Essay On Lakota Language

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Lakota Language

Introduction
Lakota is a Siouan language which is spoken by its people (Lakota people) who belong to the Sioux tribes. It is one of the dialects of the Sioux language apart from Dakota and Nakota (Powers, 2009). Sioux is spoken by more than 30,000 people in the US and Canada and is therefore positioned at number five amongst the most spoken native languages in the United States. Lakota is one of the three major regional varieties comprising of Western Dakota and Eastern Dakota. Western Dakota also known as Yankton-Yanktonai is at the middle of Eastern Dakota and Lakota.
Lakota language is polysynthetic in that its nouns are both simple and/or derived. Nouns which are derived are classified into two forms namely compound and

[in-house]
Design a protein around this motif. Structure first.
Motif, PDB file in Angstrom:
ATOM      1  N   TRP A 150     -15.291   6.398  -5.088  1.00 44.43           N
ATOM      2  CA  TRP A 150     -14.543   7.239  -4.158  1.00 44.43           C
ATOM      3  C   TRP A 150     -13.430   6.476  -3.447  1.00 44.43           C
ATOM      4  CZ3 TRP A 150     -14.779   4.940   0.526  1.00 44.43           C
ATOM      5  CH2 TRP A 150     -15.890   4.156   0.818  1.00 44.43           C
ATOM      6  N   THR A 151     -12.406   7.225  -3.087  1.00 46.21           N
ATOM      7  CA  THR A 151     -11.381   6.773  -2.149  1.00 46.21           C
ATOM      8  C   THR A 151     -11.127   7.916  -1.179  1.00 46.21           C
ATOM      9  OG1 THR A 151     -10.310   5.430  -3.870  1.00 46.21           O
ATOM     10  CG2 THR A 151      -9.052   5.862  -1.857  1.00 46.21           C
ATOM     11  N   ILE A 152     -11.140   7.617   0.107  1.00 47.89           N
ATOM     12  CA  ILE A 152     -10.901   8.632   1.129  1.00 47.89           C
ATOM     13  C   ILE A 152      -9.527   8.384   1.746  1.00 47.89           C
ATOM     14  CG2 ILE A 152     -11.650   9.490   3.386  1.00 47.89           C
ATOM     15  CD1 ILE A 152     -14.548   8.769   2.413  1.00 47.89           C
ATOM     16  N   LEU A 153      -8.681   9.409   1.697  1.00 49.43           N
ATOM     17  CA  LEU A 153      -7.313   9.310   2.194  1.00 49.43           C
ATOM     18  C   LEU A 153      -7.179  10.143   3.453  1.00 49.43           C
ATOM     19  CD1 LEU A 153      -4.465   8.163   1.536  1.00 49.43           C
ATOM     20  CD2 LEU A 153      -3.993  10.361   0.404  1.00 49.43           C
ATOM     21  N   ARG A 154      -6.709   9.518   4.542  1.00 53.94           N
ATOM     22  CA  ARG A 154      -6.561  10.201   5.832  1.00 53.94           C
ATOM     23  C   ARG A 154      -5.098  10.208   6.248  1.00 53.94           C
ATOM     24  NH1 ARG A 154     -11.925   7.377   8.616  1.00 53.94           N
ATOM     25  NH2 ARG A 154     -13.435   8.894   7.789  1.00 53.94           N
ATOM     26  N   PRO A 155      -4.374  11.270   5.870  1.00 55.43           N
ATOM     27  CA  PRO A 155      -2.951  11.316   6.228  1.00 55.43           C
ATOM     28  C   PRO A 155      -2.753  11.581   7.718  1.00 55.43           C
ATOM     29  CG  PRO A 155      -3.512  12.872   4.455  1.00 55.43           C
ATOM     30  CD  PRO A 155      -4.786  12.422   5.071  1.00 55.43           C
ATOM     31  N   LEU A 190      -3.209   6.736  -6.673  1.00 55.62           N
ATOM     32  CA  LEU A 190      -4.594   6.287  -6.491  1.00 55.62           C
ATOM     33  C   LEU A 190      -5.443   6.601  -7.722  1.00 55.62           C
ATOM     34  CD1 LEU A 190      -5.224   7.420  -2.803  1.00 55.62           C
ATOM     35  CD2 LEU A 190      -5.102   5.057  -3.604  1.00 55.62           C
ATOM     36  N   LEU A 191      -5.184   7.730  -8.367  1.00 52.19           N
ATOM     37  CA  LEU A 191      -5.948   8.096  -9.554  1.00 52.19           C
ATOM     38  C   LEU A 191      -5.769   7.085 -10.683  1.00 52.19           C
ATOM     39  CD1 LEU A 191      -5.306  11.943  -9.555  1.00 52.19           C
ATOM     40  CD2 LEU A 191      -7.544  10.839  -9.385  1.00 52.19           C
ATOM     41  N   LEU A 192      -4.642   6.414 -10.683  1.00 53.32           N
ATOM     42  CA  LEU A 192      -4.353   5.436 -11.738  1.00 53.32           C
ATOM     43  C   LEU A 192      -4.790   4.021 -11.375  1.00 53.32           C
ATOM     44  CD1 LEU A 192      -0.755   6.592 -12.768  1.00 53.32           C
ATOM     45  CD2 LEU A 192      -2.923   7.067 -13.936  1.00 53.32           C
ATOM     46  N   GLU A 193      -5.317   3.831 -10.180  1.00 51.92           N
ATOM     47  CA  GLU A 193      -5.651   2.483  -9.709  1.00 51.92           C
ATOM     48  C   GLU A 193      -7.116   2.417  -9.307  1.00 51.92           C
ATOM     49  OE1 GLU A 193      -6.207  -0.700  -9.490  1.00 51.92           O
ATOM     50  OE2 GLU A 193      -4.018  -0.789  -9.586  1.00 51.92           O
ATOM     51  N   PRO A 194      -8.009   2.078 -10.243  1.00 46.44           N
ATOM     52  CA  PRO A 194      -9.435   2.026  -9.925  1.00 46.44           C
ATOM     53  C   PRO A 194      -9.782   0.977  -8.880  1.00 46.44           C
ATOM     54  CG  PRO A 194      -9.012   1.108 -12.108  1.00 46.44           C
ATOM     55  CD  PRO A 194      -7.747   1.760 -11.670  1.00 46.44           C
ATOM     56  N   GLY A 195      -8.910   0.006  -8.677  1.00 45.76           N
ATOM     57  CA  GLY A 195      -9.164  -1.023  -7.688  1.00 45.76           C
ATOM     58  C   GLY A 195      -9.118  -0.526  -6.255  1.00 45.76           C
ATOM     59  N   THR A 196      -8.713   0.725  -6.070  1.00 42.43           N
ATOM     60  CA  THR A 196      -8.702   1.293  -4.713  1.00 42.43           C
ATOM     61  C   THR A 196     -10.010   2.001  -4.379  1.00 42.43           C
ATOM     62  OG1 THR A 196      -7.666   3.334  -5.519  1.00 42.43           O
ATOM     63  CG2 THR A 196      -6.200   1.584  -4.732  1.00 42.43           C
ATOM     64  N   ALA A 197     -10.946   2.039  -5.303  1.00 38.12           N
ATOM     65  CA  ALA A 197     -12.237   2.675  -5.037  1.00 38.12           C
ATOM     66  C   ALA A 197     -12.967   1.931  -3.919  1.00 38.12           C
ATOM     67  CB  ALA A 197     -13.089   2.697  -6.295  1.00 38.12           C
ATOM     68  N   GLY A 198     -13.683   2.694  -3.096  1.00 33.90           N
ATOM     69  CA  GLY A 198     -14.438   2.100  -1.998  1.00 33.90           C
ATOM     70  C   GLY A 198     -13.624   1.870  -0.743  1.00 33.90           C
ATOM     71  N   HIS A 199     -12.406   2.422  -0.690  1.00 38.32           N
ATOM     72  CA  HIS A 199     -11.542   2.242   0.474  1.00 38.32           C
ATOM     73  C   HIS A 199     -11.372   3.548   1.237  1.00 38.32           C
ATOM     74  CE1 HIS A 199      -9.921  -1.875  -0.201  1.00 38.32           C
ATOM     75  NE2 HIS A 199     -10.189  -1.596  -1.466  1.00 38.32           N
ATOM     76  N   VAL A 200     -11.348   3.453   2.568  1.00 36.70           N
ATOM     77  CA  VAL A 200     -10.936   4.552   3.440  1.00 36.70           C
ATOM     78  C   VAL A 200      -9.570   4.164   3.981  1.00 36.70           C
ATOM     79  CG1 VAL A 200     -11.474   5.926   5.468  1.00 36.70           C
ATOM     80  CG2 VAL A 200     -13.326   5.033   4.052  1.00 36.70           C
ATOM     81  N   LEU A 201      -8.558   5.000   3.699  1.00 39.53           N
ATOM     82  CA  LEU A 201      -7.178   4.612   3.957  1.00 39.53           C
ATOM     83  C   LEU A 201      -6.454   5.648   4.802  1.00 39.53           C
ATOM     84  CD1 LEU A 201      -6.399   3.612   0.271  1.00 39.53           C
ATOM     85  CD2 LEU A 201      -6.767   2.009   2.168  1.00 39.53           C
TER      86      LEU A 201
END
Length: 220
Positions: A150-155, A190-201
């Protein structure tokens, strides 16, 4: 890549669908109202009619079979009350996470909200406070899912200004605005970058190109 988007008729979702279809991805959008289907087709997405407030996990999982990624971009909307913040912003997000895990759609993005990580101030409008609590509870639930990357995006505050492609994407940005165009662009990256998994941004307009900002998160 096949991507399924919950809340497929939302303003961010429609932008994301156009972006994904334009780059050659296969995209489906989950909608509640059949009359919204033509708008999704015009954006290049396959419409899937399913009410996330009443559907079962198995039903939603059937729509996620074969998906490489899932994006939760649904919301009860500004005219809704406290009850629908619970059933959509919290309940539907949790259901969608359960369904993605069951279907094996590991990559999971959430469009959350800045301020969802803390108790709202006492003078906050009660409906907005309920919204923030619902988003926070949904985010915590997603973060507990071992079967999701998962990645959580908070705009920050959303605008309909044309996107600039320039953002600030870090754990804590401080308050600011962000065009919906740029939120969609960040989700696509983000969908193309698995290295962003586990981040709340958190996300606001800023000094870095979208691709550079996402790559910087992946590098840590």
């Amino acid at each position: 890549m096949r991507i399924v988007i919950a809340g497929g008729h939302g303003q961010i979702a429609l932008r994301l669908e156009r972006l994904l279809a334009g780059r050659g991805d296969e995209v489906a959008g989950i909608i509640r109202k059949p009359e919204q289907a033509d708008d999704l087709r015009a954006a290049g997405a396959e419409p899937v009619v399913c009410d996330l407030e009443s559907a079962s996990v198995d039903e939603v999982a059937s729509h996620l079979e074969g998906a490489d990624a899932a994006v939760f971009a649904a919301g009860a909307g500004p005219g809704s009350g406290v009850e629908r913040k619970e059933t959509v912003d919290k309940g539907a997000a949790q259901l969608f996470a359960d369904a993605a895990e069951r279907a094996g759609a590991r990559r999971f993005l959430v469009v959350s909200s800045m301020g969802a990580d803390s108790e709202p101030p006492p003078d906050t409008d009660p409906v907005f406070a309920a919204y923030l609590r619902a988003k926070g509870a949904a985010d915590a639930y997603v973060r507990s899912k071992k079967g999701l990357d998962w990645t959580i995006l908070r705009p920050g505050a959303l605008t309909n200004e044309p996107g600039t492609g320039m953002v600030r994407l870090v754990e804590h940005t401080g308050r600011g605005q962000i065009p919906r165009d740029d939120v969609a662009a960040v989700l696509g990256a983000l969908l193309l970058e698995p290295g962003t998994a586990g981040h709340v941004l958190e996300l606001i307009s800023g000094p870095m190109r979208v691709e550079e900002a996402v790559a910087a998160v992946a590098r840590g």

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Out of those inhabitants, only 6,000 are native speakers of the language (Powers, 2009). Today, the population of first-language Lakota speakers is estimated to be 2,000. This number is barely 2% of the total population of Lakota. The language is speculated to become extinct in the near future.
Why Lakota Language Is Dying
A significant epidemic of smallpox destroyed more than half of Lakota tribes between 1722 and 1780 (Irvine & Gal, 2008). For this reason, the language speakers were greatly reduced. Another reason for the dying of the language is a series of warfare between the Lakota bands and the U.S. Army which also reduced their numbers. In 1877, they were forced to sign a treaty that ceded Black Hills to US and since then, they have been confined into Western South reservations of Dakota (Irvine & Gal, 2008).
Influence by American culture has also played a big role to reducing the frequency with which Lakota language is spoken. In addition, surveys show that transmission of the language to children stopped in mid-1950s meaning an average Lakota speaker is about 66 years old (Powers, 2009). These speakers are dying without passing the language to the next
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